Useful Bible Studies > 1 Kings Commentary > chapter 10
As a son of King David, Solomon learned to ride in his youth (see 2 Samuel 13:29). His first wife came from Egypt (3:1), which was famous for its excellent horses (Song of Solomon 1:9). Many of the guests whom foreign kings sent to him (4:34), brought him fine horses as gifts (10:25). So, Solomon had a genuine interest in horses.
Although Solomon’s rule was mostly peaceful, he also obtained many horses for his army. Horses were extremely powerful and useful in battle (Job 39:19-25). They could pull chariots – simple vehicles that carried soldiers. At the time of Solomon, this was the most modern military equipment. These chariots made his army more powerful than the other nations near him.
Solomon’s great wealth made it easy for him to afford these things. The usual price for a horse or chariot was a certain amount of silver. However, silver had become so plentiful in Jerusalem that Solomon did not even consider it precious. So, Solomon could buy as many horses and chariots as he wanted.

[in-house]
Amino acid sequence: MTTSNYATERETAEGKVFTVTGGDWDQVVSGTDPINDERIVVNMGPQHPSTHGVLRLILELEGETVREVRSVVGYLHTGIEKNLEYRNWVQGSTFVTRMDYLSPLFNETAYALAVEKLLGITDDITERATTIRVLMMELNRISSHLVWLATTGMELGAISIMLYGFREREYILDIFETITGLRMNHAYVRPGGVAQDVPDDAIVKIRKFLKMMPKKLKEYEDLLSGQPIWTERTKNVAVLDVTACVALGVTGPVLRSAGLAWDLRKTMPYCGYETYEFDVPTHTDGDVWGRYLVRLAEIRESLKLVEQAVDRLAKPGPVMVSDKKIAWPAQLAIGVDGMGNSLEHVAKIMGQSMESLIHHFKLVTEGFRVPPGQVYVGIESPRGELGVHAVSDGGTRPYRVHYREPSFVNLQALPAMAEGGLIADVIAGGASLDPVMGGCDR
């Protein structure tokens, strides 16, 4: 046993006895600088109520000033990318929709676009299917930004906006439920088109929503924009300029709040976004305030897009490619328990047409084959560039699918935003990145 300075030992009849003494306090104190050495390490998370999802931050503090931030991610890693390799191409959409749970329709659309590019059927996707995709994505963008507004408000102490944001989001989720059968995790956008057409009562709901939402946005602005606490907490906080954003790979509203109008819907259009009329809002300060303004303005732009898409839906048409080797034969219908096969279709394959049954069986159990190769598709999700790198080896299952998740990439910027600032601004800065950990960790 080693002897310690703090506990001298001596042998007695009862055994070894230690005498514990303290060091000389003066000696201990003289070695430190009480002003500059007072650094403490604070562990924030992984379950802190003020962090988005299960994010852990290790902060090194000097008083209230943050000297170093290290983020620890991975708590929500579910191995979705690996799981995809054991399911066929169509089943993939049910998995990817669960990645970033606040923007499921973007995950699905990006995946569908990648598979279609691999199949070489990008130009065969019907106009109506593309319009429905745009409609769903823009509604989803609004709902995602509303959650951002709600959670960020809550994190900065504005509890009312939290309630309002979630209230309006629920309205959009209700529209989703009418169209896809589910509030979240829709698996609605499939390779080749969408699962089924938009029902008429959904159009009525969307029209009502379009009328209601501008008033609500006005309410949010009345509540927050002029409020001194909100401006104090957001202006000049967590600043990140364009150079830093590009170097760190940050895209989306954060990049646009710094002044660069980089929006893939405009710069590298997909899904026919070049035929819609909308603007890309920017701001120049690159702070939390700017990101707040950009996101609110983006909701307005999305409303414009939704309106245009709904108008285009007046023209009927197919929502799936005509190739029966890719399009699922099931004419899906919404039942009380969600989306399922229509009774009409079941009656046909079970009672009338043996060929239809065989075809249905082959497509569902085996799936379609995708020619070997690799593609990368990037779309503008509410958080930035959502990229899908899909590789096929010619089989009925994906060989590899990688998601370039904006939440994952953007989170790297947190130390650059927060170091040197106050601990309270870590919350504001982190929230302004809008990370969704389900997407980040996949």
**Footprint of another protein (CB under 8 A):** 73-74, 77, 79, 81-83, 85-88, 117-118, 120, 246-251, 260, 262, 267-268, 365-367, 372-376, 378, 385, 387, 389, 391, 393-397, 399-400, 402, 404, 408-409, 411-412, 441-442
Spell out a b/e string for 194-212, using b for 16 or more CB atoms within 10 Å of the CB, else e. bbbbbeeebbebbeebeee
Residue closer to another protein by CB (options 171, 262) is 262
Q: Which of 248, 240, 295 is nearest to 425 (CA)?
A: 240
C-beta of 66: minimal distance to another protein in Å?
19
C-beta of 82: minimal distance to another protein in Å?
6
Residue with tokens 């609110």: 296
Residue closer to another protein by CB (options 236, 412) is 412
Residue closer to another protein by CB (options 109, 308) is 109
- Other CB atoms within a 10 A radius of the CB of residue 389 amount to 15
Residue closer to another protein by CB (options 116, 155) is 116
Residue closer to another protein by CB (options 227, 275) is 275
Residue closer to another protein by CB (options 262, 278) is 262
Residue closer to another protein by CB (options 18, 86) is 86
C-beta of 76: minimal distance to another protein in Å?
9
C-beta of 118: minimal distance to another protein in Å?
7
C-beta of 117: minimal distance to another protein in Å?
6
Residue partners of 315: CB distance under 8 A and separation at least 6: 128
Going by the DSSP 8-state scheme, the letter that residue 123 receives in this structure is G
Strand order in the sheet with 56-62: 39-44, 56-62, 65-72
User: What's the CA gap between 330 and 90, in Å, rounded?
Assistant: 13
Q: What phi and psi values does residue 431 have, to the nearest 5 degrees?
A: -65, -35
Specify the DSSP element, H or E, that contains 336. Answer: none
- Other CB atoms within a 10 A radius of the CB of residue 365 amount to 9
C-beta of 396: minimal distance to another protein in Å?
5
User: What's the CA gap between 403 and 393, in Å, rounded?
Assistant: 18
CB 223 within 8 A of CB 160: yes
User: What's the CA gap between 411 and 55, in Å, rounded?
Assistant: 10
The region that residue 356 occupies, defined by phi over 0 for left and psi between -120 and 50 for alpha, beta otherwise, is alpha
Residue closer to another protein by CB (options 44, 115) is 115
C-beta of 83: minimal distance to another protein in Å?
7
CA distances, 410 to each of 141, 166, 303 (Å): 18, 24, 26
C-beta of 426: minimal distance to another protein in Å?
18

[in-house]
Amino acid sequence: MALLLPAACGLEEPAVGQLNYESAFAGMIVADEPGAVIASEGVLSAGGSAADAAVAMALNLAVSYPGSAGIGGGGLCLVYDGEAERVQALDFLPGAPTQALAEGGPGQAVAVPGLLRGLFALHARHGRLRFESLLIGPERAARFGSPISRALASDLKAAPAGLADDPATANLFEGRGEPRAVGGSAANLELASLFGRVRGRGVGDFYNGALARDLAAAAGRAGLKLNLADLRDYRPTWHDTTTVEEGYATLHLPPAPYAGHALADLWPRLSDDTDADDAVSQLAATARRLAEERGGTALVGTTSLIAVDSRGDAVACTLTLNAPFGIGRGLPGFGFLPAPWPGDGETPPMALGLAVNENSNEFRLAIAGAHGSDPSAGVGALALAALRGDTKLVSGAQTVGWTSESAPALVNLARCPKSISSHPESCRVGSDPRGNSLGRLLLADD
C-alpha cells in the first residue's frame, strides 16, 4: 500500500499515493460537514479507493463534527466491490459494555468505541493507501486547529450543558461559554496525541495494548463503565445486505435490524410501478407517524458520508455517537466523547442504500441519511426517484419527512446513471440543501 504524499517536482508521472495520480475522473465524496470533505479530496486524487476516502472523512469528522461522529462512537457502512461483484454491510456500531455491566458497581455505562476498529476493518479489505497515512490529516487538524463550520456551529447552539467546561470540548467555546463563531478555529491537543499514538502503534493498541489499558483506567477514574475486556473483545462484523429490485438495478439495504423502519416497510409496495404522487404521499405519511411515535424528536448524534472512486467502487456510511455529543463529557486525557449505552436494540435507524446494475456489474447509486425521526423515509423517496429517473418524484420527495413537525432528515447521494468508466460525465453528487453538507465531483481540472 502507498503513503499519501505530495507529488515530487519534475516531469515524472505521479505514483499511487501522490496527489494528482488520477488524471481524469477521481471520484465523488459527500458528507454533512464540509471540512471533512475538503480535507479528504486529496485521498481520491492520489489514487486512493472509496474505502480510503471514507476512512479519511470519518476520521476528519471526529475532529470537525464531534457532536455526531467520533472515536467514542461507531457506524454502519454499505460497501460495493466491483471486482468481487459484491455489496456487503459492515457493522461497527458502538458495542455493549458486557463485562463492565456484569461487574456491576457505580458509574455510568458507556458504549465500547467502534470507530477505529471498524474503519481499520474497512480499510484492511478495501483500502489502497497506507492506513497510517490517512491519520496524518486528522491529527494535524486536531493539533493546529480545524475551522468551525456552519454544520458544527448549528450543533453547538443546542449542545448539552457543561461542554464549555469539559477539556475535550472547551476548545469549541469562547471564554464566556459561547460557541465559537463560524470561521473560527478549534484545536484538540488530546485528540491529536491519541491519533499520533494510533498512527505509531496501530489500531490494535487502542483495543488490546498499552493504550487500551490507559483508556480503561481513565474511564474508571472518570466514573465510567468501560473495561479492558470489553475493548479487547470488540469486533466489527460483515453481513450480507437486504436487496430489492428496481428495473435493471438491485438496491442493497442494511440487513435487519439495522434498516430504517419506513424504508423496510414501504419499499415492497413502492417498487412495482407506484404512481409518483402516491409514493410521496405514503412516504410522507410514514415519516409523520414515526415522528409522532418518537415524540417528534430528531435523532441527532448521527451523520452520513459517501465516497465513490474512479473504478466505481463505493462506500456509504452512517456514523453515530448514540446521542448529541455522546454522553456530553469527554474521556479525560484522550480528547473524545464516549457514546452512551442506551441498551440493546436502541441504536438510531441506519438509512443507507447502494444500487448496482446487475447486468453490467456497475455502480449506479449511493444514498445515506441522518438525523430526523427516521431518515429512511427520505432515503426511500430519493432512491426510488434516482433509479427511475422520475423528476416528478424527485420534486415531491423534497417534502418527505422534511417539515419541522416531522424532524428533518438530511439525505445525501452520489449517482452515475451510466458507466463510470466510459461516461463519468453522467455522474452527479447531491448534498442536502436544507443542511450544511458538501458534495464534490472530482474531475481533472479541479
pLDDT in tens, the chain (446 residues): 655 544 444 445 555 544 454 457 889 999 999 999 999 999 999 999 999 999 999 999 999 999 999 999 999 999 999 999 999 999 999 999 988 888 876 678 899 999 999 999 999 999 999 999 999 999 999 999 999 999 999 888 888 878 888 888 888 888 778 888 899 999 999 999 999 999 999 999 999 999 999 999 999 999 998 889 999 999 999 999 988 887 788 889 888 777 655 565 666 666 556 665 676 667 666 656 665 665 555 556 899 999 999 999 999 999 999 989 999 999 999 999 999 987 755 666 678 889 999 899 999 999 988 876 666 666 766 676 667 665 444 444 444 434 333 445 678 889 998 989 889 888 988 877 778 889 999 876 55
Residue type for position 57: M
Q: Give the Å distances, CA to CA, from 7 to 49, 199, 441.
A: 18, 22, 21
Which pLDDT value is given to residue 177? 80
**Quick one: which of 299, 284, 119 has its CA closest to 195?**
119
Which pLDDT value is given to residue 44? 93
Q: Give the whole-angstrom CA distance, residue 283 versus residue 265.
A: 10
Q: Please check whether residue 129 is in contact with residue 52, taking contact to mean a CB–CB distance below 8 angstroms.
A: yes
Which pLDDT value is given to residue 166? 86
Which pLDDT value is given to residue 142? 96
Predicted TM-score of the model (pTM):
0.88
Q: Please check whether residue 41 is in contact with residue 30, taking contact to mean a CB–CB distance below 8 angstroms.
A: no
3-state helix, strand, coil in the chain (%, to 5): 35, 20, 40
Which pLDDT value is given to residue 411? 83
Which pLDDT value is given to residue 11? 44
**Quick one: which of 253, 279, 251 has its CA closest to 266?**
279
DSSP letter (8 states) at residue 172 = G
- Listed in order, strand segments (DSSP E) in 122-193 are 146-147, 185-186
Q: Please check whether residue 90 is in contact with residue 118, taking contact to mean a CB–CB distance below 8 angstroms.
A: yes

In this matter, Solomon was not obeying God’s law. Deuteronomy 17:16 directed him not to collect horses, and not to depend on Egypt for the supply of them. Instead, like David, he should have put his trust in God for the defence of his country (Psalm 20:7-8).
However, Solomon’s traders considered the trade in horses and chariots a good way to make profits. They did not just sell the horses and chariots to Solomon – they also exported them to nations that would in the future be Israel’s enemies.
Next part: Solomon marries many wives from different nations (1 Kings 11:1)
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